Technology is improving the teaching and learning that is going on in our classrooms. Students have seen huge benefits from using technology. But has technology changed anything meaningful in the ways the adults interact with each other? Teachers are flipping their classrooms, but few adults have flipped their committee meetings. Students send direct messages when they see each other online, while adults send an email and then wait (and wait and wait) for a response. Students collaborate on their projects online, but few adults use shared documents to store files or work together. In fact, if you look at all of the NETS-S technology standards for students, I would say adults are great at helping kids meet the standards but they do not know how to apply those same standards to their own work with their colleagues.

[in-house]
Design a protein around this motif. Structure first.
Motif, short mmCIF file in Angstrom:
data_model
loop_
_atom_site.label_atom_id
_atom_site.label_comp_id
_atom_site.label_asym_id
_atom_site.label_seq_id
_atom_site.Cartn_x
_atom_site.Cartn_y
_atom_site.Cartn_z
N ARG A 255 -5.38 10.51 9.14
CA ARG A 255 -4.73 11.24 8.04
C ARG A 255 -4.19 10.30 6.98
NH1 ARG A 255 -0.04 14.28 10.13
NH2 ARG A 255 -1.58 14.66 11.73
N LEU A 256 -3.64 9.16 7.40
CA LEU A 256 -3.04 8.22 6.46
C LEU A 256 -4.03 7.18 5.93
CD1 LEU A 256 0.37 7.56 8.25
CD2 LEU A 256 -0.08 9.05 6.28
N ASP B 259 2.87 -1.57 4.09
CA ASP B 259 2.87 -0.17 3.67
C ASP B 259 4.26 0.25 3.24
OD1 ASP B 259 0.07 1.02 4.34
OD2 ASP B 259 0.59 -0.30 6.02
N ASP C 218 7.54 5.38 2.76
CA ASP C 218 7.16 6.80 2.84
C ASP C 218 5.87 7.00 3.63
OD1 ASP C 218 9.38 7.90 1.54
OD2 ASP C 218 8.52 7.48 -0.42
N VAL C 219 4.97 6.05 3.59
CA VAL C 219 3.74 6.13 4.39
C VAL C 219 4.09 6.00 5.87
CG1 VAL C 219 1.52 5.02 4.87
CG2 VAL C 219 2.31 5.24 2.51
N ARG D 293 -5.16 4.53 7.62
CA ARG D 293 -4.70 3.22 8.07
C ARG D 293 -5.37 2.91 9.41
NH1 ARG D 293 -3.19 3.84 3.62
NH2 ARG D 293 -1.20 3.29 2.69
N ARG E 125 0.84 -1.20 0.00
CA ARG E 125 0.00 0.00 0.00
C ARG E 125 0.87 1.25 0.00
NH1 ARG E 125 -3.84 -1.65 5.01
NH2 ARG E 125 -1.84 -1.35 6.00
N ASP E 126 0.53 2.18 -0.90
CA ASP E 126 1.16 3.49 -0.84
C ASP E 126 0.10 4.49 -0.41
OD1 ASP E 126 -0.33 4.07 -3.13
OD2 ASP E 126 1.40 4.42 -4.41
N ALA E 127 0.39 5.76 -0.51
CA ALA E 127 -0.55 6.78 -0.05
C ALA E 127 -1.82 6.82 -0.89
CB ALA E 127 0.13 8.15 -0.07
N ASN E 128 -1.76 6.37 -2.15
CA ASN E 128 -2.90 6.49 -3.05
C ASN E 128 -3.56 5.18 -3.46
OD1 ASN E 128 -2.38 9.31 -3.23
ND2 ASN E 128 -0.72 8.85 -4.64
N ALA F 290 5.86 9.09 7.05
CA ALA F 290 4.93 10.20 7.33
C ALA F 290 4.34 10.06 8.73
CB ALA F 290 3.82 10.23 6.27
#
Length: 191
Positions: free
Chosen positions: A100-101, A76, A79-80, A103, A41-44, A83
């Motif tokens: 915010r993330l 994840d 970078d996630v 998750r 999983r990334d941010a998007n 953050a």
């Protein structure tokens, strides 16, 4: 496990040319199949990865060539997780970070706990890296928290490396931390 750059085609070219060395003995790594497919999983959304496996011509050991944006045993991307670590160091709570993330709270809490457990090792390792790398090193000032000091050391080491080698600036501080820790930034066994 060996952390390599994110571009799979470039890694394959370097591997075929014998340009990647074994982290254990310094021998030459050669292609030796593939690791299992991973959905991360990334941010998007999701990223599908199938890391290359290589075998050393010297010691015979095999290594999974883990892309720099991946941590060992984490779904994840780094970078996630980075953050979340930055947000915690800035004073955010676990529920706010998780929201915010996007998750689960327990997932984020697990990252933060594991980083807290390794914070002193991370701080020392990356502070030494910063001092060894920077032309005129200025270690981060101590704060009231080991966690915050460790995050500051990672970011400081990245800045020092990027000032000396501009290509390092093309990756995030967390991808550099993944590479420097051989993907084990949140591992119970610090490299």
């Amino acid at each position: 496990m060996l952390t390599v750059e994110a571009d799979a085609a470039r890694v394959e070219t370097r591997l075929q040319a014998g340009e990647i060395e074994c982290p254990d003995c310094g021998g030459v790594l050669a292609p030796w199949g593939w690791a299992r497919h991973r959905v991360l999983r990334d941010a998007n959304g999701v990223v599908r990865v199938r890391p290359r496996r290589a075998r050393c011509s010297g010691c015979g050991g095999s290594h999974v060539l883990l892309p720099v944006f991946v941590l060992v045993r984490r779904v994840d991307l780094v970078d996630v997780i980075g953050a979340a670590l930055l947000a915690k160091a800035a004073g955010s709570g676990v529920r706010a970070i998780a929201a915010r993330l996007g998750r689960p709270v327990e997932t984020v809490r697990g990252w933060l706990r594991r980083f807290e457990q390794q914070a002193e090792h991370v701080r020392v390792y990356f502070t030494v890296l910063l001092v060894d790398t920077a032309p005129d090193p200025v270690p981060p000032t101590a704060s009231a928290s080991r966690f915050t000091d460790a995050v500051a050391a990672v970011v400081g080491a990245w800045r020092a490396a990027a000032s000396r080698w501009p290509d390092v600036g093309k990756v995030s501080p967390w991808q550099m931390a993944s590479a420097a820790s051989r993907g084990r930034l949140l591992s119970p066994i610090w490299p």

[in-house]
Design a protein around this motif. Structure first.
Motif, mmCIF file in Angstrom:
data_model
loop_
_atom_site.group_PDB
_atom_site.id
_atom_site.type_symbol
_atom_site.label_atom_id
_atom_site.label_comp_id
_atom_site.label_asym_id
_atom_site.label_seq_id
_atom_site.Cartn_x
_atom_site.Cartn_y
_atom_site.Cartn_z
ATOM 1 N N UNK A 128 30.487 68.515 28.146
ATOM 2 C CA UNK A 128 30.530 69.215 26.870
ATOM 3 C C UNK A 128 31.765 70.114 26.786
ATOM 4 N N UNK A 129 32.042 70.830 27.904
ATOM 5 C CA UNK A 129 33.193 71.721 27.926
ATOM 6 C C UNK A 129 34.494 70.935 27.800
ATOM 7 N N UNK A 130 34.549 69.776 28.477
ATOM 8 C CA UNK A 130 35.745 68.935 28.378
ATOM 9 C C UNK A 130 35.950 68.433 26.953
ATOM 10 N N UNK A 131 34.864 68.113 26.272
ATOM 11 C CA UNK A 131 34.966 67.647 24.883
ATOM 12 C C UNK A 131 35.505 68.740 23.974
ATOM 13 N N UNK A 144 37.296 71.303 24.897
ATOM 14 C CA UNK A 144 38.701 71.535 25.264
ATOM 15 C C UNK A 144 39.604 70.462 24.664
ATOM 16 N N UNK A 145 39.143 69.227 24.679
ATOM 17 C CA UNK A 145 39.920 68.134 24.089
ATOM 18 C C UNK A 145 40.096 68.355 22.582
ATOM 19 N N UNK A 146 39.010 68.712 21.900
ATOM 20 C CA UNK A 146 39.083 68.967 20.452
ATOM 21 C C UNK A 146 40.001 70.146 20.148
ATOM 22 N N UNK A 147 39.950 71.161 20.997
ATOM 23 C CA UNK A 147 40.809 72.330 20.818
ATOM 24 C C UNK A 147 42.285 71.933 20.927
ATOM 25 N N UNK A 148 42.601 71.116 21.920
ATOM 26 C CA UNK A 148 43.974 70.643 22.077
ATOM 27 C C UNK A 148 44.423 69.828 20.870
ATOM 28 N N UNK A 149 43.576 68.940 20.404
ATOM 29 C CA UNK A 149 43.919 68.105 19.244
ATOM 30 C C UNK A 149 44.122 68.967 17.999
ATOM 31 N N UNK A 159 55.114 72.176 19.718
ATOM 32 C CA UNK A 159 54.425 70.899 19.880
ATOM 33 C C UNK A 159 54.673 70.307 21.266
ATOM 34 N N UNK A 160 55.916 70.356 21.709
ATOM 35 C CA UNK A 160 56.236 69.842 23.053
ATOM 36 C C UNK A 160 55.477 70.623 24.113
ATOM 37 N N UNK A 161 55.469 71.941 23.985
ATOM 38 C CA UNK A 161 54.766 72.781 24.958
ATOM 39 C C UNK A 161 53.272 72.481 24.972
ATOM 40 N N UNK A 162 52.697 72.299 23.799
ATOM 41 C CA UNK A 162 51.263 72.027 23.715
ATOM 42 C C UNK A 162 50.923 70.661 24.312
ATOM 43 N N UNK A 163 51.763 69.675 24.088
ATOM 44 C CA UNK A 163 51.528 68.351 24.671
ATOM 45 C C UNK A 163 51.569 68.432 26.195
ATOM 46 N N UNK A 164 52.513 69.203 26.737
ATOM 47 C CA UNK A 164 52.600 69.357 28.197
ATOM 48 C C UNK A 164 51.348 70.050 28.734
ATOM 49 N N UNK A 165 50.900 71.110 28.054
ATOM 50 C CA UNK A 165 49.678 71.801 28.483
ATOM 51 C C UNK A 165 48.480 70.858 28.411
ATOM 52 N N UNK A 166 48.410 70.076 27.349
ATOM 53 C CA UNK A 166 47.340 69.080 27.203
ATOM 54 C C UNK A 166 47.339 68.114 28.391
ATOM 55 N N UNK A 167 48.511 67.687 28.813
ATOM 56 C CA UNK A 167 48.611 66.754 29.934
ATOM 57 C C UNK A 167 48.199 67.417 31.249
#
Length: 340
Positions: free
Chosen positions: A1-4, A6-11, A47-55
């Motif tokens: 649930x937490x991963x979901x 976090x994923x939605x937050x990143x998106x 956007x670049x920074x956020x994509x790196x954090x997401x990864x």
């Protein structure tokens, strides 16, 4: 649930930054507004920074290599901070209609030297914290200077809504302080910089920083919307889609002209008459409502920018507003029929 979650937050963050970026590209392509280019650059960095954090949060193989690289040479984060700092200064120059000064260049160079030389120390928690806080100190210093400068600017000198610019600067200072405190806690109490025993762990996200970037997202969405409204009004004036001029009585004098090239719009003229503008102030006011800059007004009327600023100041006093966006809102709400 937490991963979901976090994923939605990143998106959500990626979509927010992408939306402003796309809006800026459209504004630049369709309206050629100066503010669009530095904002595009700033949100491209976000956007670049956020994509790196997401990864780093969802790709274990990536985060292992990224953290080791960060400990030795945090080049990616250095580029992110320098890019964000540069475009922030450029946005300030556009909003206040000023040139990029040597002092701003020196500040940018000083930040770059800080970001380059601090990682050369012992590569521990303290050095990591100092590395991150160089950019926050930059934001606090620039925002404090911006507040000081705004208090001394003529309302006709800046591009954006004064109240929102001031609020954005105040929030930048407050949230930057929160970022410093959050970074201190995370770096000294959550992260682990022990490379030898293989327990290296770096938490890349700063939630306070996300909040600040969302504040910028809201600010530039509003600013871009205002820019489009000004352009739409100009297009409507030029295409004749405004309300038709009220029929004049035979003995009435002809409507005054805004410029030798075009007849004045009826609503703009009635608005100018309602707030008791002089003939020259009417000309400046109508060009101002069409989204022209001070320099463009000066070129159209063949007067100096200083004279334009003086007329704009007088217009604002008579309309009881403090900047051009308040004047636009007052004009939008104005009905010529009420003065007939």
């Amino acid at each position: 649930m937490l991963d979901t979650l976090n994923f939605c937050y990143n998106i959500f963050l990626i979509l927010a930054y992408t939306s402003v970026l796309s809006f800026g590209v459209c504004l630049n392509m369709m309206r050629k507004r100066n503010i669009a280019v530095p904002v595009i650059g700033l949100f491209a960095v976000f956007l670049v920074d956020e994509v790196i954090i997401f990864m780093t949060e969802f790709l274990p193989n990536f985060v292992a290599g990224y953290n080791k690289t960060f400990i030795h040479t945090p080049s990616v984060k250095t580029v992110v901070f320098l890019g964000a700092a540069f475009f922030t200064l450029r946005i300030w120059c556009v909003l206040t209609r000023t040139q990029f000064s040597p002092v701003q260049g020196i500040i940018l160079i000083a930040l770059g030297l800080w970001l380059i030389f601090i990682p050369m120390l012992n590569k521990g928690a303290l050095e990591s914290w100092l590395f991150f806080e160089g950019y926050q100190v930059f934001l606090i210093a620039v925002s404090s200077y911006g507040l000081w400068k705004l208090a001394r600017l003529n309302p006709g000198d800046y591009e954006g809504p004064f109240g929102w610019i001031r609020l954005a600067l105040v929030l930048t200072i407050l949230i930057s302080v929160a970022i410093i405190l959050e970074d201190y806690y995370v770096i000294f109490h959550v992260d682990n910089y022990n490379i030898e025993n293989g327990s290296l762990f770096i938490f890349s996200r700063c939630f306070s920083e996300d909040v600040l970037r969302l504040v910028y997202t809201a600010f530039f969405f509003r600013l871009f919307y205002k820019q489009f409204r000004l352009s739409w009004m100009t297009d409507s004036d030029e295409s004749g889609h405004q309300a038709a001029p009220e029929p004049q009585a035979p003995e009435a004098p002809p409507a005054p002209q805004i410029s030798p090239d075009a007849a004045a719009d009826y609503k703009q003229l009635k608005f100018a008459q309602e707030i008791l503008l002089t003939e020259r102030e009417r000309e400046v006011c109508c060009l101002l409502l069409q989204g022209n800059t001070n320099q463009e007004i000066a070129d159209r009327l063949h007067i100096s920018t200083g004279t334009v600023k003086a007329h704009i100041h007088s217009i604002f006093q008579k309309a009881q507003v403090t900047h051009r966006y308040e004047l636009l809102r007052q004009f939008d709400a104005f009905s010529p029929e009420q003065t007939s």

Individual teachers can often meet the standards (communication, collaboration, creativity, and problem-solving are among them) on their own, especially when they begin to connect to like-minded teachers across the country through Google+ or Twitter or when they simply meet each other at the tech conference like ISTE. Small groups of teachers in the same school can be successful because they are able to seek each other out and form small technology-rich teams even when they do not work in the same grade level or department. But on the whole, as an entire school, we fail miserably at creating a connected, creative environment. The students always seem one step ahead of us, and until we begin to live up to the same standards as an entire organization then they always will be ahead of us.